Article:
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Wednesday, 15 March, 2000, 18:00 GMT
Internet tax battle
Duty-free shop
Many in US want duty-free principle to apply on internet
By BBC News Online's Kevin Anderson in Washington

The United States was born out of a tax revolt, and a new battle is shaping up over taxes, as state and local governments try to sort out whether to tax retail sales on the internet.

A commission established by Congress in 1998 to study the issue has now broken into two factions in the lead up to its final meeting, before sending its recommendations to Congress on 21 April.

One faction is led by commission chair James Gilmore III, the conservative Republican governor of the state of Virginia.

His proposal would make permanent a temporary ban on internet taxes.

Ruled out

In 1992, the Supreme Court ruled that no local or state body could collect taxes on sales outside its borders unless the company had a significant physical presence in its city or state.

Congress would have to pass an act to circumvent that ruling, a move which Governor Gilmore does not support.

Governor Gilmore and his supporters, both on the commission and in Congress, say that retail sales on the internet are still dwarfed by bricks and mortar stores, and that the internet needs to be as free from taxation and government regulation as possible.

"All the sales for the year on the internet to consumers don't equal the retail sales of Wal-Mart in one weekend," said Tom Bliley, who chairs the Commerce Committee in the House of Representatives.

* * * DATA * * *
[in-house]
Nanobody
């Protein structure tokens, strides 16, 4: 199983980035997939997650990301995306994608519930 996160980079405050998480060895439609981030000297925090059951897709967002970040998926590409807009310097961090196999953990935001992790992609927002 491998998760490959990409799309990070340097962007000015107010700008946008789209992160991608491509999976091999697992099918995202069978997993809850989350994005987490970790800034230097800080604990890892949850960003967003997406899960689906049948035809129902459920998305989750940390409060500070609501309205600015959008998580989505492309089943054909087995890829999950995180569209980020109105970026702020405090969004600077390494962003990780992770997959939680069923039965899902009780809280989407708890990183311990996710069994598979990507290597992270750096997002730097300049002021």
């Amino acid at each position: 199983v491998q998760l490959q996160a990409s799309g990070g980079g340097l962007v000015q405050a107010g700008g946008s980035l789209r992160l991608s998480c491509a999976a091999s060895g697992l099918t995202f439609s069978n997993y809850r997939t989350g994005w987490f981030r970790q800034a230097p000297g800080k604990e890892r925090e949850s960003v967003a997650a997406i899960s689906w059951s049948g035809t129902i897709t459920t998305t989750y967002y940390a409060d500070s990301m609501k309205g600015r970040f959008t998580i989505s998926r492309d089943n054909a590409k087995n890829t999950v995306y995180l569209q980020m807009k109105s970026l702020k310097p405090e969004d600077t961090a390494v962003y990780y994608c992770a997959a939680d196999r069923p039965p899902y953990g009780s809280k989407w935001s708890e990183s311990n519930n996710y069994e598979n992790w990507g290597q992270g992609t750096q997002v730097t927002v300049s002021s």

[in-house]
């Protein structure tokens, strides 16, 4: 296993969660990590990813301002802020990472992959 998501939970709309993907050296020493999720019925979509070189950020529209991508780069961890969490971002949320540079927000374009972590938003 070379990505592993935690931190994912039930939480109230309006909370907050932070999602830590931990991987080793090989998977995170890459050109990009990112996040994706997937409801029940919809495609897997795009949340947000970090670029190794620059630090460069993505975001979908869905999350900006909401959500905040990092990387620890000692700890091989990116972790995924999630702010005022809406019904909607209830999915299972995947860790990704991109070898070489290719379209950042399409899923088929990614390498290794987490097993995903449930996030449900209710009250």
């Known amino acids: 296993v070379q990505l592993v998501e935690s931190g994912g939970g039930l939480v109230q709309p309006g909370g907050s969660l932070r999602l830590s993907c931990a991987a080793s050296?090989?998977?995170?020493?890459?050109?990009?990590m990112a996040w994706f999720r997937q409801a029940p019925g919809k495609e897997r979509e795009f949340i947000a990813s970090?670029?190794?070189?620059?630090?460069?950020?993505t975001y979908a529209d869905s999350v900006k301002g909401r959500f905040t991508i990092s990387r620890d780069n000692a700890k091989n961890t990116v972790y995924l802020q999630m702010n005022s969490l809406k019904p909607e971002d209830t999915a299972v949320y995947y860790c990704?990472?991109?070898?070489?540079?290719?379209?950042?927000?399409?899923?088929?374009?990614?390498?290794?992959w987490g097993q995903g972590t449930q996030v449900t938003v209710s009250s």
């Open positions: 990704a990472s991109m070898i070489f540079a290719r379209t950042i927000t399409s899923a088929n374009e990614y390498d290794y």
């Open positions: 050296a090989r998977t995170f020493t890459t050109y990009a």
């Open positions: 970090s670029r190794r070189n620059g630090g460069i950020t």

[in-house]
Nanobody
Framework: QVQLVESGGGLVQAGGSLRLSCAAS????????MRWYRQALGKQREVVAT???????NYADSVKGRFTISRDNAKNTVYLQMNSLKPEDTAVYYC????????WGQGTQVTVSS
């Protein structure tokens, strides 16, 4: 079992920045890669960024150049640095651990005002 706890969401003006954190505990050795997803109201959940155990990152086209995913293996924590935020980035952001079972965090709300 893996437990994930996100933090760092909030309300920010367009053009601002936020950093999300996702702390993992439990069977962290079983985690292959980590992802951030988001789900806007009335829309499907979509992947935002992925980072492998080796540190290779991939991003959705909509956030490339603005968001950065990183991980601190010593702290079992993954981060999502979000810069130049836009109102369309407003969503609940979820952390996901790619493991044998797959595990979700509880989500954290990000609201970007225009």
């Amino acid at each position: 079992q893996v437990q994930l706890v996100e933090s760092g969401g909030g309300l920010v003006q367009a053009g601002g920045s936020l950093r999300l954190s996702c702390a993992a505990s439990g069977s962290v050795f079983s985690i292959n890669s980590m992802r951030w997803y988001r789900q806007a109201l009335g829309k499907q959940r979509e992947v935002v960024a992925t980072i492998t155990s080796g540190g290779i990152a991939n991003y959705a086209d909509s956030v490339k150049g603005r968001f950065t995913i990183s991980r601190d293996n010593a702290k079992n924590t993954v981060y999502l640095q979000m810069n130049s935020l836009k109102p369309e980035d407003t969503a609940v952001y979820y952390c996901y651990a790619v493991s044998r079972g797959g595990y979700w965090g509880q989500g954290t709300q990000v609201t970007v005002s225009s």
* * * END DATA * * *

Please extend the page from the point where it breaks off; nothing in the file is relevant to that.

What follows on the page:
The other faction is led by Republican governor Mike Leavitt of Utah, who supports allowing states and cities to collect taxes on retail sales on the internet.

In the US, consumers spent about $20bn online in 1999, double the amount of the year before, according to Forrester Research.

As retail e-commerce has grown, Governor Leavitt, who heads the National Governor's Association, believes that state and local governments are losing revenue that they need to fund schools, roads and local law enforcement.

Decision in doubt

The rift means that the commission might not come to agreement on a recommendation to Congress.

Governor Gilmore estimates that about five conservatives on the commission support his position, while seven members of the panel support Governor Leavitt's position.

Complicating the situation, the six business representatives on the panel have introduced some of their own proposals.

Governor Gilmore said that he could not predict an outcome, adding that the situation was "fluid".

Election year politics

Mr Bliley said: "I don't expect any bills, even if [the commission] were to recommend taxation to pass this year.

"This year is an election year, and you usually don't have tax increases during an election year."

Mr Bliley supports extending the current moratorium but does not support making that ban permanent.

Internet taxation has become a big issue in the presidential campaign this year.

Republican candidate George W Bush and Democratic candidate Al Gore have both said that they are waiting for the recommendation from the commission, but they both favour extending the current moratorium.

Borderless dispute

The dispute does not stop at the borders of the US.

Governor Gilmore believes that the US should work to expand a ban on retail sales tax to other countries.

In a speech before the Global Internet Summit this week, Governor Gilmore said: "I believe that we should seek an international order that frees individuals from taxes and tariffs which detract from the quality of life of the people of the world."

The conference brought together more than 900 representatives from business, government and education from around the world.

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See also:

17 Feb 00 | Business
Surfers save on tax
01 Mar 00 | Business
US economy breaks record
18 Feb 00 | Business
US trade gap jumps 65%
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